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Old 12-12-2010, 20:57   #1
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Yanmar 1GM10 Exhaust Elbow and Carbon

Managed to get up to my boat nine hours drive away and do some essential repairs. One of the things I had no spares for but wanted to check was the 1GM10's exhaust elbow. There appears to have been salty water seeping out and also rusting the fuel line underneath. I planned to carefully pull the elbow off even though I had no gasket or replacement elbow as at least then I would know if I needed to get another elbow.



The elbow came off the motor with no problems. I noticed:

(a) There was so much carbon in the exhaust elbow I could not tell if it has internal integrity however, the muffler pipe was so jammed on that I could not take the pipe off the exhaust elbow.

(b) So much carbon buildup in the exhaust hole in the cylinder head that I could not see the exhaust valve that I had read in some forum post that said it would be visible.

(c) Gasket? What gasket? There was none which would explain why there was seepage of salt water.





Now, how do you suggest I proceed?

How do I de-carbon the exhaust port? And does the amount of carbon in pic indicate that it would be best to take the head off and give the whole show a clean?

The face where the cylinder head matches the exhaust elbow has pitting, so will the gasket compensate for this or does more need doing?

Should I replace the fuel line that has rust to be on the safe side or simply wire brush and repaint?

How do I take the elbow off the exhaust hose as it is well and truly stuck on? Should I first loosen the metal band thingy holding it on? [just joking : )]. If I could wiggle the hose I might be able to get it off but my puny muscles made no impact.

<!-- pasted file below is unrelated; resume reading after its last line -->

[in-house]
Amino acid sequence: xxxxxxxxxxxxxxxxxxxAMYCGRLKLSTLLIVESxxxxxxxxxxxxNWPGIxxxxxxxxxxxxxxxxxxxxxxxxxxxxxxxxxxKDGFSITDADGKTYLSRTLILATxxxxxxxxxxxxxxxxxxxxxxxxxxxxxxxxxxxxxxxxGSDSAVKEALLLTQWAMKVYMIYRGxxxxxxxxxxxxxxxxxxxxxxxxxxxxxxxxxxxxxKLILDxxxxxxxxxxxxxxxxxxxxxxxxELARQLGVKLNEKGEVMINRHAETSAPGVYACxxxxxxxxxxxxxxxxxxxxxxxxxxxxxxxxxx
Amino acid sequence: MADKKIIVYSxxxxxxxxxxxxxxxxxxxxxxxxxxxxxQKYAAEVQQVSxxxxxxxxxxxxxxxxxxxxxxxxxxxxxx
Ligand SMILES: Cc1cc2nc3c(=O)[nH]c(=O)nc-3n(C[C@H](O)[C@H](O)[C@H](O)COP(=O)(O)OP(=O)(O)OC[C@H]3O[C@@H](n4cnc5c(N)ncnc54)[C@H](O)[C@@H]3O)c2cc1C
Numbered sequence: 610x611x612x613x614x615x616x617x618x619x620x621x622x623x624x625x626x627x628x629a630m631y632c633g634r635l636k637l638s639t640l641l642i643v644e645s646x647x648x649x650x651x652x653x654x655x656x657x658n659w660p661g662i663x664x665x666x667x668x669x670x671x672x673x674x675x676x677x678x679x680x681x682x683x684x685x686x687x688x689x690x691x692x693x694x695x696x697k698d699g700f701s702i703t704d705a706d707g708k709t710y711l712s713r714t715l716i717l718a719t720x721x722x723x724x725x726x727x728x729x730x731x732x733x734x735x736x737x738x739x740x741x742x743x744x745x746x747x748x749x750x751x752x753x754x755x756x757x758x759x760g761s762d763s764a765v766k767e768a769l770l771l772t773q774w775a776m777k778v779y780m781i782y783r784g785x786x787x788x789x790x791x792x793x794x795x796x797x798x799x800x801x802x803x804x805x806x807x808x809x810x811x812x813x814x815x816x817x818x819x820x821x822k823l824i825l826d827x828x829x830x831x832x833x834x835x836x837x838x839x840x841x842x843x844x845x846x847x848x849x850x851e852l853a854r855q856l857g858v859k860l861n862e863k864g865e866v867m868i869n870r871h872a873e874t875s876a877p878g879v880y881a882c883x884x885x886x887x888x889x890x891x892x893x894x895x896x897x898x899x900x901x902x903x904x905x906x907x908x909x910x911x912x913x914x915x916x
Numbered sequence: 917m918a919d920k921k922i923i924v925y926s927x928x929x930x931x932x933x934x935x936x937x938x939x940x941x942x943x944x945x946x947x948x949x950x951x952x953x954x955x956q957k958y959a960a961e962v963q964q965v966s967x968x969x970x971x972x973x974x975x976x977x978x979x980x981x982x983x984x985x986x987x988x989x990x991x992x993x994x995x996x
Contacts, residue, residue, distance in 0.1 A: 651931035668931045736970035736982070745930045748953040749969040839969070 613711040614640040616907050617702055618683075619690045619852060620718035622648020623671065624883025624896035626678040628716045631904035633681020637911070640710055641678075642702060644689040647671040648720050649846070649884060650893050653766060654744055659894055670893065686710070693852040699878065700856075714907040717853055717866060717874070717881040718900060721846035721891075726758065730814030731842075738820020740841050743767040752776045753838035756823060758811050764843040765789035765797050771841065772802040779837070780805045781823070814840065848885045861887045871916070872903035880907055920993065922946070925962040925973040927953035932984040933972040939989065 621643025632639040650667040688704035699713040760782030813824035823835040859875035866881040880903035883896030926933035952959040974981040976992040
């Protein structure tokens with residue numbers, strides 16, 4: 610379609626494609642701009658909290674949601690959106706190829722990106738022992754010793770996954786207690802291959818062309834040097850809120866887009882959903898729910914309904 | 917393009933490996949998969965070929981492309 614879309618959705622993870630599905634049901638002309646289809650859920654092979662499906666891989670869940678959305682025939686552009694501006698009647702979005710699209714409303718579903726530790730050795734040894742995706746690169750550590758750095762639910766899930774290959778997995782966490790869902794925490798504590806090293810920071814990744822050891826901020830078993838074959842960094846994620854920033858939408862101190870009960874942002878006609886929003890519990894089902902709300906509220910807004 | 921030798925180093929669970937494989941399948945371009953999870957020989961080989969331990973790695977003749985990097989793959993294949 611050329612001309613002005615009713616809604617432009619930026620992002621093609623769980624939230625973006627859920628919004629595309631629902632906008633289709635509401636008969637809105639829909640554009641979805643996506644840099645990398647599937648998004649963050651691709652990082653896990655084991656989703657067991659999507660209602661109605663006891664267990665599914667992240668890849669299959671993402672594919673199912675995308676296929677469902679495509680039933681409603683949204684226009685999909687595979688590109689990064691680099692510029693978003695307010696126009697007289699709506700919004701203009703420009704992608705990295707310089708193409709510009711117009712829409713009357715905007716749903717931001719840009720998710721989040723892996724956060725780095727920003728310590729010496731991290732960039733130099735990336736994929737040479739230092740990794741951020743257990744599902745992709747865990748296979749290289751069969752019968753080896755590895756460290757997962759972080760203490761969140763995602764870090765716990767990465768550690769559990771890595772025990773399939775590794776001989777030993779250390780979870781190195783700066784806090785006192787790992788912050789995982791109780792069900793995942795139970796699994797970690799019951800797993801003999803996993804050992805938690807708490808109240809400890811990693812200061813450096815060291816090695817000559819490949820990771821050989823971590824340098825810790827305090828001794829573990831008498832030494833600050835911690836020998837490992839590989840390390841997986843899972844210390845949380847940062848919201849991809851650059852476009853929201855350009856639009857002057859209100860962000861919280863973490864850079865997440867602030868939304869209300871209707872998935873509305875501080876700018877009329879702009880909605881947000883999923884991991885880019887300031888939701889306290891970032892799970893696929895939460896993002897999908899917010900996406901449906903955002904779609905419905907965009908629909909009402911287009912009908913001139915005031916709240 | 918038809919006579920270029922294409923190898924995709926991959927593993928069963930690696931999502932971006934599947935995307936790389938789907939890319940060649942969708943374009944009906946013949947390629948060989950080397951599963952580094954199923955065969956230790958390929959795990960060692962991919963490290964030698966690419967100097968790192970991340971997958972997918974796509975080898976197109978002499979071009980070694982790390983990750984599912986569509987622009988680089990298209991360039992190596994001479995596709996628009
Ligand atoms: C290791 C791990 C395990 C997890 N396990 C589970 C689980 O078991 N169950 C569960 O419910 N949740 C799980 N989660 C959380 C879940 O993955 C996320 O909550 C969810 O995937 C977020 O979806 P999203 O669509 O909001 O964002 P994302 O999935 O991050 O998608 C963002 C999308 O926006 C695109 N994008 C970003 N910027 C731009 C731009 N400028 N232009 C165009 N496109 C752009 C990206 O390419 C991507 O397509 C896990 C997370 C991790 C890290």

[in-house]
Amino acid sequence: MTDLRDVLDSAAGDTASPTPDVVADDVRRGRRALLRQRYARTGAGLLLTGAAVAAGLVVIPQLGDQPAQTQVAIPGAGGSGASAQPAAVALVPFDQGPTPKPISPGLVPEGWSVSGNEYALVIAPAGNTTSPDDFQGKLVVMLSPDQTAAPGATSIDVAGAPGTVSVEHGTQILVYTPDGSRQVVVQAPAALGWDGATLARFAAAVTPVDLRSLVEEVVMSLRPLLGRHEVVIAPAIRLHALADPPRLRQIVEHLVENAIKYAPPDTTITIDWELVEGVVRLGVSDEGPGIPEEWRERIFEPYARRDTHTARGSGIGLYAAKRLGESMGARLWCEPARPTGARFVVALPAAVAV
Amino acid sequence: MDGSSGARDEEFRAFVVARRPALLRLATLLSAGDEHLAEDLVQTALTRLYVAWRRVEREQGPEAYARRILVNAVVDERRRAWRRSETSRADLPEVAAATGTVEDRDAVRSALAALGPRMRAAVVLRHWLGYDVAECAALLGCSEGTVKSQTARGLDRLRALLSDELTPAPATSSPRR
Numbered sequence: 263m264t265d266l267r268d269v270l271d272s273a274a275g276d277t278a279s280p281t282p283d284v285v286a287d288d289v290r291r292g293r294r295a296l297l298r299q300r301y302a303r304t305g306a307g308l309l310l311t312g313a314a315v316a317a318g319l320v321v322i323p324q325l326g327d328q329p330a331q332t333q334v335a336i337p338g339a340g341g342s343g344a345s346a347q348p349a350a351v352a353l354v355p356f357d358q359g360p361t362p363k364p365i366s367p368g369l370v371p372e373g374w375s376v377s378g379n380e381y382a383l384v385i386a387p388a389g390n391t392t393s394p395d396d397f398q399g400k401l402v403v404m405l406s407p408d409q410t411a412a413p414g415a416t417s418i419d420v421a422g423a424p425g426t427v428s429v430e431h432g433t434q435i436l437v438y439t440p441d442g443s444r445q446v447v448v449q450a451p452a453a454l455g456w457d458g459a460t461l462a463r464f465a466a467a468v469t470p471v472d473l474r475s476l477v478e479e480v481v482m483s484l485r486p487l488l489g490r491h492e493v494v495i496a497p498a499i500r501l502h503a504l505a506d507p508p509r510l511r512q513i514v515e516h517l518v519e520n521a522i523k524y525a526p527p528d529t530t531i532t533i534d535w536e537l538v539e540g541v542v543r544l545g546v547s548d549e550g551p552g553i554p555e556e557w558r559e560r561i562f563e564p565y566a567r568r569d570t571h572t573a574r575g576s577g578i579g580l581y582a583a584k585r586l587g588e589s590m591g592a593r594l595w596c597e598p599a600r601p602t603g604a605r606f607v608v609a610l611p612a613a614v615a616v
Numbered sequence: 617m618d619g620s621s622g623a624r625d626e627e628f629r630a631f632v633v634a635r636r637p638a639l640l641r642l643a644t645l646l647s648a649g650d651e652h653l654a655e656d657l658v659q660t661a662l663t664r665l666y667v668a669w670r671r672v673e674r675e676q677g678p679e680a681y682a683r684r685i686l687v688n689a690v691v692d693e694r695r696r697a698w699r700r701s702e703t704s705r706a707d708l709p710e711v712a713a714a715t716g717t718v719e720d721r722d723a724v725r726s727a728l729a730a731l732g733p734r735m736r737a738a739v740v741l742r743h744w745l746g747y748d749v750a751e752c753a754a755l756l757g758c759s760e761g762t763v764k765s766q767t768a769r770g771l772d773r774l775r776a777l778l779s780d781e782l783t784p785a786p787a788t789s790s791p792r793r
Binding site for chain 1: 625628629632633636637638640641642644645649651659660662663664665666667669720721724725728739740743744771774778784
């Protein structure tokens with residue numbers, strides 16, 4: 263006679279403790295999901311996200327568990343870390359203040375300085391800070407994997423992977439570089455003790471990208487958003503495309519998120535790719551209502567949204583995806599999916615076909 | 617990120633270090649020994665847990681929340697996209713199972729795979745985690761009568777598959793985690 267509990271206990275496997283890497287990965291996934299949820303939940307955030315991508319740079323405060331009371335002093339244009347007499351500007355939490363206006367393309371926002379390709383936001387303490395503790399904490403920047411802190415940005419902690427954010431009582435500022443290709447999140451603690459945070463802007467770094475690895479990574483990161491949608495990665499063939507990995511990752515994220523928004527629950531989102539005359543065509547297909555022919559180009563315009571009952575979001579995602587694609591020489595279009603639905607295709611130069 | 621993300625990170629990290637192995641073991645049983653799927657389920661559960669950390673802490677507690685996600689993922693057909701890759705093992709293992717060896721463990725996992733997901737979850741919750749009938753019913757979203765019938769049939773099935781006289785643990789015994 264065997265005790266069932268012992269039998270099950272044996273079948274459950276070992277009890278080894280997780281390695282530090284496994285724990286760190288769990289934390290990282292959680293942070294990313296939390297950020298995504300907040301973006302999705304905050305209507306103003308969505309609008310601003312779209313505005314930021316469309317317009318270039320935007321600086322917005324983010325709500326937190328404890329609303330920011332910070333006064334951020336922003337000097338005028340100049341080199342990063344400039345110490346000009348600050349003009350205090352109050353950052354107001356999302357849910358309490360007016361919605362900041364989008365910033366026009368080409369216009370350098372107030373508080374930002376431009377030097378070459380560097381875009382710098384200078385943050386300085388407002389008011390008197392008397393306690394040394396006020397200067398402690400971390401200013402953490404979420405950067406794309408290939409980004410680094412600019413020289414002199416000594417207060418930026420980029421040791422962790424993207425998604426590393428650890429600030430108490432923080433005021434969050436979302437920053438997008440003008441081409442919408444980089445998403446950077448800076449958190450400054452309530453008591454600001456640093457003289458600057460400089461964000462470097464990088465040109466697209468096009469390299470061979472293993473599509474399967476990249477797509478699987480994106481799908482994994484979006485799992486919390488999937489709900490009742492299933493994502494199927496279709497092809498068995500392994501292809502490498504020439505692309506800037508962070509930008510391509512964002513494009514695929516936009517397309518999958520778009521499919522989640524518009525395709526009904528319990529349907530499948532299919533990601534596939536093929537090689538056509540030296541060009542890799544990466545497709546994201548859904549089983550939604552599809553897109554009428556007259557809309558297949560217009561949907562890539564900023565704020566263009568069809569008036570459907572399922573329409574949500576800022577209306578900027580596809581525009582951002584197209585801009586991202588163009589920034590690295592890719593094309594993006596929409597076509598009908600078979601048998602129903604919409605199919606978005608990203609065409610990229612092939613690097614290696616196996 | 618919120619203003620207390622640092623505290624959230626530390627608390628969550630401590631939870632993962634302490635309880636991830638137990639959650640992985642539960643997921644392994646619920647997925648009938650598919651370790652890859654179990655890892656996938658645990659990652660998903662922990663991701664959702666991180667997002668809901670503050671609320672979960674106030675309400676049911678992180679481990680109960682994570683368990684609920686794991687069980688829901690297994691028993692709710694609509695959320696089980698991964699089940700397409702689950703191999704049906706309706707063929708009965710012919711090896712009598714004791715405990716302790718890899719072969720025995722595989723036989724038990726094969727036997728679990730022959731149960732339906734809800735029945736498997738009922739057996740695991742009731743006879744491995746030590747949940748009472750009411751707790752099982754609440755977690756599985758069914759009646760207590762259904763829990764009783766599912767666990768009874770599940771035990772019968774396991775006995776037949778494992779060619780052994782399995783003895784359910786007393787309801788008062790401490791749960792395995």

Late news: I am now the proud owner of a new aftermarket exhaust elbow from ExhaustElbox.com - Better Than Factory New. The fellow, Ben Cotton, is in the USA but I found his advert on an Australian site, ended up buying via his ebay store and even though I am in Australia the cost including postage was less than half buying an original. Looks well made, heavy stainless steel so I hope it holds up to the heat and salt water.
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Old 13-12-2010, 00:46   #2
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It is easy to sit back and advise someone to do a lot more work than he originally intended. In this case - one of the first things to establish is why the carbon buildup? Are worn rings allowing lubrication oil to be burnt ? Poor injection of diesel so that some diesel is not fully ignited in the combustion chamber?
Whatever, a de-coke and valve grind is on the books. New head gasket,
Although the picture of where the elbow bolts onto the block gives the impression of a gasket. You will need a new one for the new elbow.
To de-carbonize the exhaust port, start with old screw driver, then small hammer and screw driver.
Then a rotary steel wire brush that will fit in the port, attached to an electric drill chuck (wear eye protection)
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Old 13-12-2010, 00:56   #3
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Oh your engine is going to run sooo much better. Your pics are great. New exhaust elbow and gasket to be sure. Very common problem. If you want to play with cleaning the old one for a spare you'll realize that a new one is just easier. Pull the head yourself and have it cleaned an checked and replace it yourself. You could have the compression checked but my guess is that you've been loving this engine to death. Let it run like Yanmar specs say to run it.